Constraint mapping

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Cynefin has long used the constraint-based definition of complexity, with the domains having rigid, governing, enabling, no effective and unknown constraints as distinguishing factors.  The base definition of Cynefin uses Alicia Juarrero's distinction.

Constraint mapping and the associated typology of constraints, as a key approach to understanding, navigating, and managing complexity.  

There are two reasons for doing this:

  1. Mapping and changing constraints avoid a direct connection between situational assessment and action.  Humans always make a decision as to action based on a first-fit pattern match and post hoc use situational assessment to justify the position.  S/he who describes the problem generally controls the solution.  So by starting with constraints and then speculating at to the likely emergence that results and containment to ensure it is safe-to-fail creates a more objective decision process.
  2. Constraints are things that we can manage in a complex system, and they are also things that we can know. Once you map constraints delegation is also easier, as the focus is on constraint change and then see what happens (but critically, make sure you plan for containment and unexpected consequences).

This is not the same thing as the use in Goldratt's Theory of Constraints. This post is one view on the differences written by Steve

A provisional decision is to stop talking about modulators (although keeping the idea of modulation as an alternative to causality when describing a complex system).  In a recent exercise, we found people thought that mapping modulators and constraints got confusing, so I’ve created a different category of constraint, namely one which applies a force to go with the primary distinction of constraints that connect (generally complex) and those which contain (generally order).  The whole point of modulators and the magnet metaphor is that there are things we can manage in a complex system, especially if we can exert micro-control in near real-time.

A typology of constraints

Containers Connections Exert a force
Resilient (survive by change, continuity of identity over time) Robust (survive unchanged until they break and if they break then it is generally catastrophic) Change can trigger a phase shift (anti-fragile would be a part of this)
Natural conditions Clear decisions Decisions that allow for emergence

Dark constraints exert a force that we can detect but we cannot trace it back.

These may become a set of three triads which will also allow mapping in SenseMaker®.

Previous Constraint typologies:

Robust constraints

  • Can be either Rigid or Governing (degrees of flexibility or discretion)
  • Survive by becoming stronger and more entrenched
  • They are context-free, which means they apply to everything, regardless of context
  • When they fail, do so catastrophically

Resilient constraints

  • Also referred to as enabling - designed to encourage agency
  • Survive by adapting and changing, continuity of identity over time
  • Are contextual - can be adapted for context; guidelines or heuristics rather than rules
  • When they break, there is usually some warning or the impact is small

Robust constraints can be …

  1. Rigid or fixed which means they are clearly defined, visible and can be enforced. If you want a metaphor think of a sea wall, or dykes. They have all the advantages of certainty, all the disadvantages of sudden catastrophic failure when their limits are reached.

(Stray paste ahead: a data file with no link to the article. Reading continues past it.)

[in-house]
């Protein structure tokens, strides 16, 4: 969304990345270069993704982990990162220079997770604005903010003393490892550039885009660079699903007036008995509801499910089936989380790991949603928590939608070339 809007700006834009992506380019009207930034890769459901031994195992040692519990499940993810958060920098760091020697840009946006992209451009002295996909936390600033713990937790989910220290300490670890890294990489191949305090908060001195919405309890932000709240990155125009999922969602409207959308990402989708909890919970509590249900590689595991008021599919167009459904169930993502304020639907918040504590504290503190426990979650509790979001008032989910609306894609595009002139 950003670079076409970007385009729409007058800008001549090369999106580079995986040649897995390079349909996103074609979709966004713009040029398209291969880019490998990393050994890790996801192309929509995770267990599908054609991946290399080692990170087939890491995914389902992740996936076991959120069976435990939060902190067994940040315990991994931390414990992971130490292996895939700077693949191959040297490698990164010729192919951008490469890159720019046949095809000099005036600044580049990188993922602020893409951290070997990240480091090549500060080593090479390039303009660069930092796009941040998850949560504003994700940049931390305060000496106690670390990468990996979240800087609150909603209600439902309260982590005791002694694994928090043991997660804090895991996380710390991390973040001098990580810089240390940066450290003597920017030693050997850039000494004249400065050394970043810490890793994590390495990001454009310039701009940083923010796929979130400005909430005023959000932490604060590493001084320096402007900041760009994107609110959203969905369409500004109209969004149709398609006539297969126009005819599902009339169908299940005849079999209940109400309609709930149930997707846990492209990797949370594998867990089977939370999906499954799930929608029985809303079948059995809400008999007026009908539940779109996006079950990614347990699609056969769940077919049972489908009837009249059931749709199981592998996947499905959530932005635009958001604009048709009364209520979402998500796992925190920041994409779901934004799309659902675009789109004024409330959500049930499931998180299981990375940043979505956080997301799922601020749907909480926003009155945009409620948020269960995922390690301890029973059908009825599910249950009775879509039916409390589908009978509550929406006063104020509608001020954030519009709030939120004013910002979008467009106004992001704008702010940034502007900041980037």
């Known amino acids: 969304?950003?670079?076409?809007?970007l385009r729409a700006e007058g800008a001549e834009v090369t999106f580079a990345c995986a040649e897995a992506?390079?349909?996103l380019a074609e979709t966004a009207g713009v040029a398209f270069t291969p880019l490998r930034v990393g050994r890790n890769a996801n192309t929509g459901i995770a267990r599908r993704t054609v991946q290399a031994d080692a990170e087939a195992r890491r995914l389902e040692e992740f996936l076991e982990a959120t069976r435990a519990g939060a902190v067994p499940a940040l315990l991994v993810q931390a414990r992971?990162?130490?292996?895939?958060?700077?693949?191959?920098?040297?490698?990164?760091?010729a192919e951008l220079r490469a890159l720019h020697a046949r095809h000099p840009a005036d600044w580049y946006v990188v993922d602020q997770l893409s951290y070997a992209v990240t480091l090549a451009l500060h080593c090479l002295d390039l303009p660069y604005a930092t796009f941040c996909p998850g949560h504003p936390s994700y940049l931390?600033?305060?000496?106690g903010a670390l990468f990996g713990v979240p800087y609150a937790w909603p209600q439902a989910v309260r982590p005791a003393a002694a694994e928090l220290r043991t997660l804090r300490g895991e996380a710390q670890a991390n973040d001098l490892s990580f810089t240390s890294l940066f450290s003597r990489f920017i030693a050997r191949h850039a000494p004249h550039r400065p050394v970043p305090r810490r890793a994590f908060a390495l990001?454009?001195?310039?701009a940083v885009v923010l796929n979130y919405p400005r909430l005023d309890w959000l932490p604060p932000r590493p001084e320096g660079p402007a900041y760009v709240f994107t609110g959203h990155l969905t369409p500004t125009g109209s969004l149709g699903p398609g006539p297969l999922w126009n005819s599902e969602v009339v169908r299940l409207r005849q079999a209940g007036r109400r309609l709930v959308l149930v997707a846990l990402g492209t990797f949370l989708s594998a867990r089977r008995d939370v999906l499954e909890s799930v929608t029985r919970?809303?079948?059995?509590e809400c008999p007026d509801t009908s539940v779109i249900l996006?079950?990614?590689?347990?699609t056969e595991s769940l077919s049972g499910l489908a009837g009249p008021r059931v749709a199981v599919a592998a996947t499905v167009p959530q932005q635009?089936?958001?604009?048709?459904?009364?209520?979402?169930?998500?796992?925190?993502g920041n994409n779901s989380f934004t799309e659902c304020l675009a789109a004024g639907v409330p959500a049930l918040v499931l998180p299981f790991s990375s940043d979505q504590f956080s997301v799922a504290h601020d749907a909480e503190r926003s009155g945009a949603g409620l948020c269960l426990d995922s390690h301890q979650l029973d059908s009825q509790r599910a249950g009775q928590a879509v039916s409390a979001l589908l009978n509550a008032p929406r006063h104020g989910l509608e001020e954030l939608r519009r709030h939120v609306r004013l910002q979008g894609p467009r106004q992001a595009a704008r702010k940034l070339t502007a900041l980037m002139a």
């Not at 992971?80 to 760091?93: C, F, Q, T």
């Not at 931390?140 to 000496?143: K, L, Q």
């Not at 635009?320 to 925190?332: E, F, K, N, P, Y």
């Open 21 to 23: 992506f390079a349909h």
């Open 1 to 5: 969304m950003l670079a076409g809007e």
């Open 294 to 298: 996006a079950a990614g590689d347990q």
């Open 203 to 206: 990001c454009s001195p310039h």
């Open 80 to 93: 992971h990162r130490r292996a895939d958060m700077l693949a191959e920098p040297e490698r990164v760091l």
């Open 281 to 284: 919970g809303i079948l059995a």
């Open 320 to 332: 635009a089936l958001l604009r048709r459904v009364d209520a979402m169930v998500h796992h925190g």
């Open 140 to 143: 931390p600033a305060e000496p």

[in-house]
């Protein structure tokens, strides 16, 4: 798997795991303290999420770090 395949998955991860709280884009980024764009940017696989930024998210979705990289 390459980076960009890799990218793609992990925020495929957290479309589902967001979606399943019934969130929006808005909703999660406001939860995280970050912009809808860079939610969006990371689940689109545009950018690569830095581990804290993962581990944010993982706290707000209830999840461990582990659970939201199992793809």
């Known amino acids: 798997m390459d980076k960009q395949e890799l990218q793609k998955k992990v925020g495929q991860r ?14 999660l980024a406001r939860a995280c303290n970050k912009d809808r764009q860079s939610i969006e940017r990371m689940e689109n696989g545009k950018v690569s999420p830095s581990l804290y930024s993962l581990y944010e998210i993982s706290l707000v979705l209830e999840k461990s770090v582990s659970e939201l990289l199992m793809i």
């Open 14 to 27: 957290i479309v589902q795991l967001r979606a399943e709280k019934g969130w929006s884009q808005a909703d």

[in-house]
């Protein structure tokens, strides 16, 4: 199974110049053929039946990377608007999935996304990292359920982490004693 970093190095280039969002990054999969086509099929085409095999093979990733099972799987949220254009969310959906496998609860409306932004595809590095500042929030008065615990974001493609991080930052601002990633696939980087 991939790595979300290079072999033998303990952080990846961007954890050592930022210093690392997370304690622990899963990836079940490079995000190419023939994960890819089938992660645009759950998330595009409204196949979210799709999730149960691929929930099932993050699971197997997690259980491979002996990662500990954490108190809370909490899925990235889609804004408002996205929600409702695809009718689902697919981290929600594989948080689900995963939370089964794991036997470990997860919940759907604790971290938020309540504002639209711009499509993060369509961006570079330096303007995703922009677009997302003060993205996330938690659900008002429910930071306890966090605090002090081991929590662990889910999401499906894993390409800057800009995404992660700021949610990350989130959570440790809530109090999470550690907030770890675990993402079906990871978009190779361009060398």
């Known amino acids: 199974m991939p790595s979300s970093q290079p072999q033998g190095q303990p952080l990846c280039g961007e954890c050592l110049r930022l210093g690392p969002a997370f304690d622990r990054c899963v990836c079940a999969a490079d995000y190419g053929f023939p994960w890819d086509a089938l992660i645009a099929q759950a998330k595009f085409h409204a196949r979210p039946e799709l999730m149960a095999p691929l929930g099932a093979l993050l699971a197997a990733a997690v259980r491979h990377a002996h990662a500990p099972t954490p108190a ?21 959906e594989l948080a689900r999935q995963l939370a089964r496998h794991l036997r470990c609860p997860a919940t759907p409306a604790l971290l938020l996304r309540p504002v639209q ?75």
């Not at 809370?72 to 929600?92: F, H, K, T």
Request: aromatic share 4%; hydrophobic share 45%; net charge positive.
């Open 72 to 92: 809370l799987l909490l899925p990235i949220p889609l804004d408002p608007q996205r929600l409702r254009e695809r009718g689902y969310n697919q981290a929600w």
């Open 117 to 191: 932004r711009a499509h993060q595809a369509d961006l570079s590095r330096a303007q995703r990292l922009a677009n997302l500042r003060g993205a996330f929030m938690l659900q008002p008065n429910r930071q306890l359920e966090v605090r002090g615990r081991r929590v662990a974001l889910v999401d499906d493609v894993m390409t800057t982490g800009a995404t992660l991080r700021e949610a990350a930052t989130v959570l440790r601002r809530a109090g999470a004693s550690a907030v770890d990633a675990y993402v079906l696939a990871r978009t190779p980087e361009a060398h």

2. Elastic and thus have the benefit of adapting to a degree of change which is good, but they can still break and possibly give a false level of confidence. An elastic waist band may give you the illusion of maintaining a healthy weight but only for a time. The failure is more extreme.
  3. Tethers which provide a backstop, like a tow rope for example which has the slack taken up before it applies. These can be fail safes, backups only coming into play in extremis. The danger is damage when they snap into effect, both for the object being tethered and for the tether itself.

Resilient constraints can be …

  1. Permeable (for containers) or conditional (for coupling), in both cases the constraint is contingent. Some things can get through others can’t. Think of a salt marsh to contrast with the sea wall if you want an example. Or a system where rules can be broken in specific cases subject to heuristic control.
  2. Mutating which means they change over time, they don’t switch on and off, you can see the evolutionary pattern. Case based legal systems on contrast with those based on the Napoleonic code would be good example of these. In companies they are hardly even used, but could be valuable.
  3. Dark are like dark matter or dark energy, we can see their impact but we don’t know what they are. Aspects of organisational culture fall into this category as do taboos, rituals and the like. Far more prevalent in modern organisations than people realise they are almost a complex system in their own right, only knowable or changeable by interaction.

Constraint Mapping Method

This section outlines the steps in constraint mapping within the Cognitive Edge framework.


Participants should work in small groups with a clear focal issue…


General instructions to be given at the start

first instruction first set of tips

Mapping reveals what we can manage – constraint mapping typically leads to experimentation and development of safe-to-fail probes.

Do's and Don'ts

Simple bulleted list including common mistakes

Virtual running

Constraint mapping has been facilitated virtually using a digital collaboration canvas and virtual communication channels.


Link to other articles on this wiki if they are relevant.

Blog posts


Link to case articles here or third party material

Other resources